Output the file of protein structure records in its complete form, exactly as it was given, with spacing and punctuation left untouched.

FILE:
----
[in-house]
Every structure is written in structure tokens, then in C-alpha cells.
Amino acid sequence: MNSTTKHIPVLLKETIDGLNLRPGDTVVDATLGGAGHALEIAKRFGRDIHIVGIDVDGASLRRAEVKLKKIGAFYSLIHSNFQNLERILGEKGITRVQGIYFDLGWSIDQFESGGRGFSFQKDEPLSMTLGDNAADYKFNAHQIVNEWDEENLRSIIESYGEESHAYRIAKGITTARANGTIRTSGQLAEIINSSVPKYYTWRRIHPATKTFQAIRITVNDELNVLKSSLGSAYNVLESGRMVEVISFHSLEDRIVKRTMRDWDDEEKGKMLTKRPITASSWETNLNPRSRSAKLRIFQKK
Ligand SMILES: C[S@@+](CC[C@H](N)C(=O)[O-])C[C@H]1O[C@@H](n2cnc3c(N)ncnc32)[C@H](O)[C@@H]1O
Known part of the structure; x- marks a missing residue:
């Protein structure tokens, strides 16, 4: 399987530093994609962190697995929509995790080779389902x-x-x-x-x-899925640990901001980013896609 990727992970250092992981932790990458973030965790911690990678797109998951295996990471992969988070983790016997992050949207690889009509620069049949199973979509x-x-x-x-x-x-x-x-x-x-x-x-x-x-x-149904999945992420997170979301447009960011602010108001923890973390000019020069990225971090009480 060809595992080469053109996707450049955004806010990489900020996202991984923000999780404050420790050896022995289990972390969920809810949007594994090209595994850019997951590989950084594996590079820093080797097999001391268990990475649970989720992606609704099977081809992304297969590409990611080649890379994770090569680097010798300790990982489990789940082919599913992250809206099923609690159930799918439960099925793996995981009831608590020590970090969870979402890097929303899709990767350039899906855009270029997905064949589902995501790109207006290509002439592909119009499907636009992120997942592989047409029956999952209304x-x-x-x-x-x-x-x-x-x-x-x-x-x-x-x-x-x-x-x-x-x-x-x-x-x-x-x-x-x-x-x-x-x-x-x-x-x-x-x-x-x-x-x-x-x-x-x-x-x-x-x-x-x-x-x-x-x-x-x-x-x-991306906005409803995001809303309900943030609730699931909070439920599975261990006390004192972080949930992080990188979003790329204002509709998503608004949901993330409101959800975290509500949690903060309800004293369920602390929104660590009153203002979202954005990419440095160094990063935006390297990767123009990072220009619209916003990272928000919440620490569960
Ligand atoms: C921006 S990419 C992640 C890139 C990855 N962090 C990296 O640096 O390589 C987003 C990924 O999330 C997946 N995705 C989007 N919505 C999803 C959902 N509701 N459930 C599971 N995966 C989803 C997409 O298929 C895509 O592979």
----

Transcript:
[in-house]
Every structure is written in structure tokens, then in C-alpha cells.
Amino acid sequence: MNSTTKHIPVLLKETIDGLNLRPGDTVVDATLGGAGHALEIAKRFGRDIHIVGIDVDGASLRRAEVKLKKIGAFYSLIHSNFQNLERILGEKGITRVQGIYFDLGWSIDQFESGGRGFSFQKDEPLSMTLGDNAADYKFNAHQIVNEWDEENLRSIIESYGEESHAYRIAKGITTARANGTIRTSGQLAEIINSSVPKYYTWRRIHPATKTFQAIRITVNDELNVLKSSLGSAYNVLESGRMVEVISFHSLEDRIVKRTMRDWDDEEKGKMLTKRPITASSWETNLNPRSRSAKLRIFQKK
Ligand SMILES: C[S@@+](CC[C@H](N)C(=O)[O-])C[C@H]1O[C@@H](n2cnc3c(N)ncnc32)[C@H](O)[C@@H]1O
Known part of the structure; x- marks a missing residue:
């Protein structure tokens, strides 16, 4: 399987530093994609962190697995929509995790080779389902x-x-x-x-x-899925640990901001980013896609 990727992970250092992981932790990458973030965790911690990678797109998951295996990471992969988070983790016997992050949207690889009509620069049949199973979509x-x-x-x-x-x-x-x-x-x-x-x-x-x-x-149904999945992420997170979301447009960011602010108001923890973390000019020069990225971090009480 060809595992080469053109996707450049955004806010990489900020996202991984923000999780404050420790050896022995289990972390969920809810949007594994090209595994850019997951590989950084594996590079820093080797097999001391268990990475649970989720992606609704099977081809992304297969590409990611080649890379994770090569680097010798300790990982489990789940082919599913992250809206099923609690159930799918439960099925793996995981009831608590020590970090969870979402890097929303899709990767350039899906855009270029997905064949589902995501790109207006290509002439592909119009499907636009992120997942592989047409029956999952209304x-x-x-x-x-x-x-x-x-x-x-x-x-x-x-x-x-x-x-x-x-x-x-x-x-x-x-x-x-x-x-x-x-x-x-x-x-x-x-x-x-x-x-x-x-x-x-x-x-x-x-x-x-x-x-x-x-x-x-x-x-x-991306906005409803995001809303309900943030609730699931909070439920599975261990006390004192972080949930992080990188979003790329204002509709998503608004949901993330409101959800975290509500949690903060309800004293369920602390929104660590009153203002979202954005990419440095160094990063935006390297990767123009990072220009619209916003990272928000919440620490569960
Ligand atoms: C921006 S990419 C992640 C890139 C990855 N962090 C990296 O640096 O390589 C987003 C990924 O999330 C997946 N995705 C989007 N919505 C999803 C959902 N509701 N459930 C599971 N995966 C989803 C997409 O298929 C895509 O592979």